Contesting Racialized Citizenship in the Black Mediterranean
Our current moment is characterized by the largest international mass migrations of people in recent history and the resurgence of explicitly racist, xenophobic nationalisms. Southern Europe stands at the forefront of these global transformations. Over one million refugees and asylum-seekers, many from sub-Saharan Africa, have crossed the Mediterranean Sea since 2015, and their presence in European countries has been met with varying degrees of marginalization and outright violence. Scholars have responded by studying the lived experiences of refugees, border securitization, and solidarity movements. Comparatively understudied, however, are concurrent contestations oriented on national citizenship. The most prominent of these is the movement to reform Italian nationality law and provide a path to citizenship for nearly one million children of immigrants born in Italy.
My current book project, Citizenship and Diasporic Ethics: Youth Politics in the Black Mediterranean, asks why and how Black Italian activists have taken up national citizenship as a privileged terrain of struggle over race and membership in Italy. What new forms of differentiation and exclusion are emerging in these efforts to reformulate and expand Italian citizenship? I argue that citizenship—and specifically, longstanding debates about the legal inclusion of Black subjects within European polities—is key to understanding the connection between subtler, late-twentieth century “colorblind” or “cultural racisms” and the increasingly overt racial nationalisms of the last decade. This project is based on multi-sited, mixed-methods research conducted in Italy over five years (2013–2017).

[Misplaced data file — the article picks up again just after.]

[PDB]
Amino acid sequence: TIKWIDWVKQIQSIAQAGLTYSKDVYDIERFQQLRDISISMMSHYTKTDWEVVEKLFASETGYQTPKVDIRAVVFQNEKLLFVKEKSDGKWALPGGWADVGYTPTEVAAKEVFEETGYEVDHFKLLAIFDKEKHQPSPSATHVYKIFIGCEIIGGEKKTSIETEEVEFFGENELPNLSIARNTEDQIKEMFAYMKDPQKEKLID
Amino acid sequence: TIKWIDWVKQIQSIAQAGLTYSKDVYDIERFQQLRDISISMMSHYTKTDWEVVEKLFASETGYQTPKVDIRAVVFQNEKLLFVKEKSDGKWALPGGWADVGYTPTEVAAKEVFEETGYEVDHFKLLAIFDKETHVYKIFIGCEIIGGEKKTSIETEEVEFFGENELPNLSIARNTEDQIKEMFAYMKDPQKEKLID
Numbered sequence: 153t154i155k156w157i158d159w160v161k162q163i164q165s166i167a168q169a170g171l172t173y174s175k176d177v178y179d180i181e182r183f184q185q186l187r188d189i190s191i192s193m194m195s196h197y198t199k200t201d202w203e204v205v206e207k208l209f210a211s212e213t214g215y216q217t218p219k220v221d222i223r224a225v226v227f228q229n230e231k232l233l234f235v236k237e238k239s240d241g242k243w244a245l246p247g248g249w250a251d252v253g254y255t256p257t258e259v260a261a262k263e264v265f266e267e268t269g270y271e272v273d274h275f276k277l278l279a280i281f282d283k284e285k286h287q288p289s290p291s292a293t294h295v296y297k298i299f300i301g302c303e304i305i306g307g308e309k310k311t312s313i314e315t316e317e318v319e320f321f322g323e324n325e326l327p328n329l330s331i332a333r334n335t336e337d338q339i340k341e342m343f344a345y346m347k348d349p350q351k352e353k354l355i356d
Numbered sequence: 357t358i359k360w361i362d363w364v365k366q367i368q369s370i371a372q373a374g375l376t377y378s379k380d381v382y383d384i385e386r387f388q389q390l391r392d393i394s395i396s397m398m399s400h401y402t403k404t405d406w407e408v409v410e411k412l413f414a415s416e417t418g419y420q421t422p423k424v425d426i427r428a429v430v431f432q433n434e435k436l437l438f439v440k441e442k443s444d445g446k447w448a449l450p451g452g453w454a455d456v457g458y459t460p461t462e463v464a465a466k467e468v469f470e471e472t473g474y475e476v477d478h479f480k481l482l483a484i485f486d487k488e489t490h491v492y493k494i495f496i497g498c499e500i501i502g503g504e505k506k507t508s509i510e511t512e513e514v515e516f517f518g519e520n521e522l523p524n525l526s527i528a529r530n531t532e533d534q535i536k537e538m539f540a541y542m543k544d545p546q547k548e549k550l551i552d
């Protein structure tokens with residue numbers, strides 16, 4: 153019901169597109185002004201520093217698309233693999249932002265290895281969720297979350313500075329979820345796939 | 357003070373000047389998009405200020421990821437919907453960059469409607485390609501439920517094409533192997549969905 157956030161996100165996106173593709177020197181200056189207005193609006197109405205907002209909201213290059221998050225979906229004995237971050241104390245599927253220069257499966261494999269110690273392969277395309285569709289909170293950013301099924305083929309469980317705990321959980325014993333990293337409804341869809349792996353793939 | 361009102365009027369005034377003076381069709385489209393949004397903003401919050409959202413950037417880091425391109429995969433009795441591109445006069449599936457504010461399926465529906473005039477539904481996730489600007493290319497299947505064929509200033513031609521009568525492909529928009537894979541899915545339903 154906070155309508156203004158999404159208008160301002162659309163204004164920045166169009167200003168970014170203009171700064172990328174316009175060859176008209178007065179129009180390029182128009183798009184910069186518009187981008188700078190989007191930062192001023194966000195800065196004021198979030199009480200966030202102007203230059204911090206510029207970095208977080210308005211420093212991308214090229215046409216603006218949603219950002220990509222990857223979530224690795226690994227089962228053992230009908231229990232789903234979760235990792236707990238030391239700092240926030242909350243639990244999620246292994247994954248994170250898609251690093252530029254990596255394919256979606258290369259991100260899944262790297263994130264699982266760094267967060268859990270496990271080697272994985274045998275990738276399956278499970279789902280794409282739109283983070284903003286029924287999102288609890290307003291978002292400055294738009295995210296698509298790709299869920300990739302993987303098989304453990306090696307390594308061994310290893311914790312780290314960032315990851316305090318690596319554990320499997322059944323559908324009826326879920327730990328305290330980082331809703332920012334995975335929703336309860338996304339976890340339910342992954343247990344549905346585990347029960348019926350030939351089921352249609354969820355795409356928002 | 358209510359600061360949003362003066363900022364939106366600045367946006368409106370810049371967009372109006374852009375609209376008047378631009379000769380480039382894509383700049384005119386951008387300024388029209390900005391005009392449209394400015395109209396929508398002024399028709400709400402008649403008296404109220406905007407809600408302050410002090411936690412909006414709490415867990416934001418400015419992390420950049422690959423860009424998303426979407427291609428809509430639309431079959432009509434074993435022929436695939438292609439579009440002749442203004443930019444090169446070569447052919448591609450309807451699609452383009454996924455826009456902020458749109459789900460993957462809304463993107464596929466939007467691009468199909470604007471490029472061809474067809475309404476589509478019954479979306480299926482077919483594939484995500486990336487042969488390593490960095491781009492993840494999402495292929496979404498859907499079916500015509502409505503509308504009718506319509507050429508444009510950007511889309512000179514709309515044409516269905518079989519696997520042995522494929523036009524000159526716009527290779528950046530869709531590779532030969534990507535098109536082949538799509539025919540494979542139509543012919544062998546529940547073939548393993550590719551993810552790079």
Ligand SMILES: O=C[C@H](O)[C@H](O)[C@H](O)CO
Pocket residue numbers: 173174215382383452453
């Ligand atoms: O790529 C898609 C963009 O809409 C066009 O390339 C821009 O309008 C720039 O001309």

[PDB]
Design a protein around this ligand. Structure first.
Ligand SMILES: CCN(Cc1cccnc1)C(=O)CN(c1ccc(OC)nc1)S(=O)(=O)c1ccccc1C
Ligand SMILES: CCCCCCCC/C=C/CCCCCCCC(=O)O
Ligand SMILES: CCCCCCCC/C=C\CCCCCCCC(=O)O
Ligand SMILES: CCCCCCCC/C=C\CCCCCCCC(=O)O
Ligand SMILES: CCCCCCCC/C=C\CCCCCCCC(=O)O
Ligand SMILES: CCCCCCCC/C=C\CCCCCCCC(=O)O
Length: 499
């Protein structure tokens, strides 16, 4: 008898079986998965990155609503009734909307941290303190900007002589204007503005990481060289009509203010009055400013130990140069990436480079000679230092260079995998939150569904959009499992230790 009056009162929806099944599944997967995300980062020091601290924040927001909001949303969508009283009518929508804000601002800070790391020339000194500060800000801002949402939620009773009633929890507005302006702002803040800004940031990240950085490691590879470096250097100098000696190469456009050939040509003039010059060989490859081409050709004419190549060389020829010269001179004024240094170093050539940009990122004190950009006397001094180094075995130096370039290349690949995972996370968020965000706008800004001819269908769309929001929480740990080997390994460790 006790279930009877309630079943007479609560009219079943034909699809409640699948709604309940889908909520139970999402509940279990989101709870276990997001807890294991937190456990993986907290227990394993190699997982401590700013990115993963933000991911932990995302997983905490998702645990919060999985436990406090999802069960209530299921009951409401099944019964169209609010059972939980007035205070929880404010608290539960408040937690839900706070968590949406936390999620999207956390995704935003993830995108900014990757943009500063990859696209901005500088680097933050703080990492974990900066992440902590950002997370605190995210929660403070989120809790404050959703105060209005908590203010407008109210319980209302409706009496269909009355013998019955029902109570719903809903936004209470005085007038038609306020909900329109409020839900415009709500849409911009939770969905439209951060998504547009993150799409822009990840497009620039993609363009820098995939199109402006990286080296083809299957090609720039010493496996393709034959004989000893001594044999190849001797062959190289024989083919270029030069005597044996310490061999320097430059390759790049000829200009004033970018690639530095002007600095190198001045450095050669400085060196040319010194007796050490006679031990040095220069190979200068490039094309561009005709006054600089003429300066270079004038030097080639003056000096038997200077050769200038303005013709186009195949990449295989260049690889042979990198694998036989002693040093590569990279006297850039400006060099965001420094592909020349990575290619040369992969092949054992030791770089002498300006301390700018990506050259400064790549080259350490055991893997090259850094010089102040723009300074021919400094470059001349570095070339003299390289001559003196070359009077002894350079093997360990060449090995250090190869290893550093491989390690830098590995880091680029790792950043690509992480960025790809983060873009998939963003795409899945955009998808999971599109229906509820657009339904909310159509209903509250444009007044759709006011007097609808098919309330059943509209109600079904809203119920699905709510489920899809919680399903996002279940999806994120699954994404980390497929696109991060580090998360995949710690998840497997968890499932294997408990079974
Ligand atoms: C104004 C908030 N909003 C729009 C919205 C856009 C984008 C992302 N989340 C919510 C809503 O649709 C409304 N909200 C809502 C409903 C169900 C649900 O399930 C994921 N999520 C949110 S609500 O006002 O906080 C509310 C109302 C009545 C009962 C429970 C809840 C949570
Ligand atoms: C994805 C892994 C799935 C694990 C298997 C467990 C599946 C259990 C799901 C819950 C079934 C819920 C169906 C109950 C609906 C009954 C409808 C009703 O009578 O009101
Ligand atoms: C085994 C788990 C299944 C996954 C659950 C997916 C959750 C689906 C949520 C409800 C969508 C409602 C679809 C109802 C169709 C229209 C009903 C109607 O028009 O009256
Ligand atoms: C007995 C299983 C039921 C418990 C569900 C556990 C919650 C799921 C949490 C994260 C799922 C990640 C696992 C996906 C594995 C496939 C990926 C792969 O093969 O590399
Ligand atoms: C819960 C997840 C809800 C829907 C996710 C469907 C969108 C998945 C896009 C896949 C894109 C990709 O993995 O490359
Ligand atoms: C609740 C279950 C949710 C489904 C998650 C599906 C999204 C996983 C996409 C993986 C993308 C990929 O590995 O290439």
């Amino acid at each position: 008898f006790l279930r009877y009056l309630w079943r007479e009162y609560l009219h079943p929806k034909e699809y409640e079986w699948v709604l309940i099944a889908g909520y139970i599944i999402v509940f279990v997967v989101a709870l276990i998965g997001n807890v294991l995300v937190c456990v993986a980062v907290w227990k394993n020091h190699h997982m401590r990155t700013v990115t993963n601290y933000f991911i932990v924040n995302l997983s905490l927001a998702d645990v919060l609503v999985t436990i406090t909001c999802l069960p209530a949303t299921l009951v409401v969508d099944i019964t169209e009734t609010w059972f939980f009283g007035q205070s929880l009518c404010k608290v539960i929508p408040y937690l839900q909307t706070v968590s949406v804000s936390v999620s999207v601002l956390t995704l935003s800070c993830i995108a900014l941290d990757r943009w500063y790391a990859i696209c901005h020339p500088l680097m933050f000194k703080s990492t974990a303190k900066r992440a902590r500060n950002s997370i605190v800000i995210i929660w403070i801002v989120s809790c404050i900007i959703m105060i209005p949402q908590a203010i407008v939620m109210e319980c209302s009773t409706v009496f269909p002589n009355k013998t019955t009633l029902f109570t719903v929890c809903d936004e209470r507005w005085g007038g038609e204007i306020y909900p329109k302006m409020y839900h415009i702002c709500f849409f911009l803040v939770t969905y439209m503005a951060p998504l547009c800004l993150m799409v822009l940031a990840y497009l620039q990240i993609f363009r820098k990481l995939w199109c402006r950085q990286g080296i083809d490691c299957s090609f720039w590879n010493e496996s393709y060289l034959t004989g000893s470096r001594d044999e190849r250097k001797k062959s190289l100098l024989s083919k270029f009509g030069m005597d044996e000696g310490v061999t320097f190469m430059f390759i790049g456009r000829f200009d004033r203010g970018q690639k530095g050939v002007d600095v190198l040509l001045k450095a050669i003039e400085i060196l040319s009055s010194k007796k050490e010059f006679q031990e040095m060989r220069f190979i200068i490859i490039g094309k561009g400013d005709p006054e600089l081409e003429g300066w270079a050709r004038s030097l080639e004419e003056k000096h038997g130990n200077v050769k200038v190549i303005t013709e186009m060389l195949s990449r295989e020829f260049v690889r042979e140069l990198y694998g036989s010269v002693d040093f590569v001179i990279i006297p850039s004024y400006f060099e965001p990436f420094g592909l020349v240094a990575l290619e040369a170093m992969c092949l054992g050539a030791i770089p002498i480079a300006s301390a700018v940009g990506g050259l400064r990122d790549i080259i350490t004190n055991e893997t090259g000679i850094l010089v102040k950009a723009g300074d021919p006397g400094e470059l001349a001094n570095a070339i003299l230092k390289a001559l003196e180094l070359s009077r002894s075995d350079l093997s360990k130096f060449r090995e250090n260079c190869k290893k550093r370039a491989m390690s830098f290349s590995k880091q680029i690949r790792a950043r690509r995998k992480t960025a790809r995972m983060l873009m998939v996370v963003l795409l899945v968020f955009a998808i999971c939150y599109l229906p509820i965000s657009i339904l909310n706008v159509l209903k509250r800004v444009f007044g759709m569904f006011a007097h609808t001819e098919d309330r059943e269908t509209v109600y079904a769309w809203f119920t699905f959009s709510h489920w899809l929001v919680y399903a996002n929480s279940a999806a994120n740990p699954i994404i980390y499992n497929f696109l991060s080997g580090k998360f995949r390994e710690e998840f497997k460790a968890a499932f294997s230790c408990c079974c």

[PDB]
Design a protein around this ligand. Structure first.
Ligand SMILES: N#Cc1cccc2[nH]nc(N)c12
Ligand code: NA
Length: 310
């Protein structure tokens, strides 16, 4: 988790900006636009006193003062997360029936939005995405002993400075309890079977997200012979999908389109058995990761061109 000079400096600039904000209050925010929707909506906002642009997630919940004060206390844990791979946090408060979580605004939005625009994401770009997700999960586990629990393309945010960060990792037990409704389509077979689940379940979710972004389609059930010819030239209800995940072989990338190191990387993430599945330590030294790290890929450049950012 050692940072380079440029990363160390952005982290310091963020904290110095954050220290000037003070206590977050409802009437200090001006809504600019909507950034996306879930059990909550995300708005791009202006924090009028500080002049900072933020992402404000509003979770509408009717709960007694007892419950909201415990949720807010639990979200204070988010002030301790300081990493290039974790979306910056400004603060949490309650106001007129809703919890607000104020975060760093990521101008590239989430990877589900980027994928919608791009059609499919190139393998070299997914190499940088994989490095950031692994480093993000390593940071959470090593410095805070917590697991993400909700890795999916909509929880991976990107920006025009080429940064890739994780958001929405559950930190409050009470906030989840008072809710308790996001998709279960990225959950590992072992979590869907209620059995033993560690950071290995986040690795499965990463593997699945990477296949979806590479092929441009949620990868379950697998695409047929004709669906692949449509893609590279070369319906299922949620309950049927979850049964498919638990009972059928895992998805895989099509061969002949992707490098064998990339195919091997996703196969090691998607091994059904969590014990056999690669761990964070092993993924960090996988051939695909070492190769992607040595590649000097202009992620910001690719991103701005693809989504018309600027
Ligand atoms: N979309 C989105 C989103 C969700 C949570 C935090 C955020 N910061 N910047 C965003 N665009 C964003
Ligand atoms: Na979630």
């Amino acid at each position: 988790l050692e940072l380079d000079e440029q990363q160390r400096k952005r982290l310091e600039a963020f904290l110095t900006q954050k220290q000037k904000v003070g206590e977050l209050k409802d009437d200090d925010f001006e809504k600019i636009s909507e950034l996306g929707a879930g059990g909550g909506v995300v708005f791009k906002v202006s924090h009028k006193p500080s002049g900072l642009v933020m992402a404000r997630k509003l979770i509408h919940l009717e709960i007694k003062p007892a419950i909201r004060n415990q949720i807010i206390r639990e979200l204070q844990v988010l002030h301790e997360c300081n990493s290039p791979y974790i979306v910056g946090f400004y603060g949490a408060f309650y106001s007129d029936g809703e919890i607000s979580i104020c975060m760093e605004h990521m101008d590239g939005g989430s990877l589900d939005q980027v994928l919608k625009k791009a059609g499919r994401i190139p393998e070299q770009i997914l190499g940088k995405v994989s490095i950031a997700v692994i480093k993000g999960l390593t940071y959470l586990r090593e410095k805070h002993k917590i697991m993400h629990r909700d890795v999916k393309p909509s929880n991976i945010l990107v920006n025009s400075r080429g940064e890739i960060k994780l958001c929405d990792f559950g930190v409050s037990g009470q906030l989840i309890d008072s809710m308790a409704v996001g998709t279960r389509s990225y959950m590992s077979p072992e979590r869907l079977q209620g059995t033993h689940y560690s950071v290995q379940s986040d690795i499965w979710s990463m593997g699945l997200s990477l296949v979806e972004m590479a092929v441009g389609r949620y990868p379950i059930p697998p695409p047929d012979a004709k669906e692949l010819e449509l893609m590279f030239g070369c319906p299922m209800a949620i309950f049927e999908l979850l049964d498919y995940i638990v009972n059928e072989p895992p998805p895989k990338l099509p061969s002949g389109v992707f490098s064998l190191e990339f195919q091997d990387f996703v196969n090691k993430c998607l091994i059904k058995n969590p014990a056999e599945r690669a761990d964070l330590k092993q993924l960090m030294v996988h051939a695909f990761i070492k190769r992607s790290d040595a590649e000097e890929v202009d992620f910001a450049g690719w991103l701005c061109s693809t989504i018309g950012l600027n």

I am also interested in the possibilities and limitations of the “Black Mediterranean” for understanding racial criminalization and racialized citizenship in Italy, and southern Europe broadly. How might this framework help to connect the seemingly unbridgeable chasm between Black liberation politics in Europe and refugee rights mobilizations? I am working on an edited volume (with Palgrave Macmillan) in collaboration with an interdisciplinary collective of scholars about racial subordination and resistance in the Mediterranean, entitled The Black Mediterranean: Bodies, Borders, and Citizenship in the Contemporary Migration Crisis.
Camilla Hawthorne. "Suprematismo." In Lessico della crisi e del possible: Cento lemmi per praticare il presente, ed. Fabrice Dubosc, 275-277 (Turin: Edizioni SEB27).
Camilla Hawthorne. "Making Italy: Afro-Italian entrepreneurs and the racial boundaries of citizenship." Social & Cultural Geography (2019), 1-21.
Annalisa Frisina and Camilla Hawthorne. “Italians with veils and Afros: gender, beauty, and the everyday anti-racism of the daughters of immigrants in Italy.” Journal of Ethnic and Migration Studies 44, no. 5 (2018): 718-735.
Ilaria Giglioli, Camilla Hawthorne, and Alessandro Tiberio, “Rethinking ‘Europe’ through an ethnography of its borderlands, peripheries and margins.” Special issue for Etnografia e ricerca qualitativa no. 3 (September–December), 2017: 335-338.
Annalisa Frisina and Camilla Hawthorne. “Riconoscersi nel successo di Evelyne, lottare nel ricordo di Abba. Un viaggio tra le icone nere dei figli delle migrazioni in Italia.” In A fior di pelle. Razza e visualità, eds. Elisa Bordin and Stefano Bosco, 179–195 (Verona: Ombre Corte, 2017).
Camilla Hawthorne. “In Search of Black Italia: Notes on Race, Belonging, and Activism in the Black Mediterranean.” Transition 123 (2017): 152–174.
Annalisa Frisina and Camilla Hawthorne. “Sulle pratiche estetiche antirazziste delle figlie delle migrazioni.” In Il Colore della nazione, ed. Gaia Giuliani, 200–214 (Milan: Mondadori Education, 2015).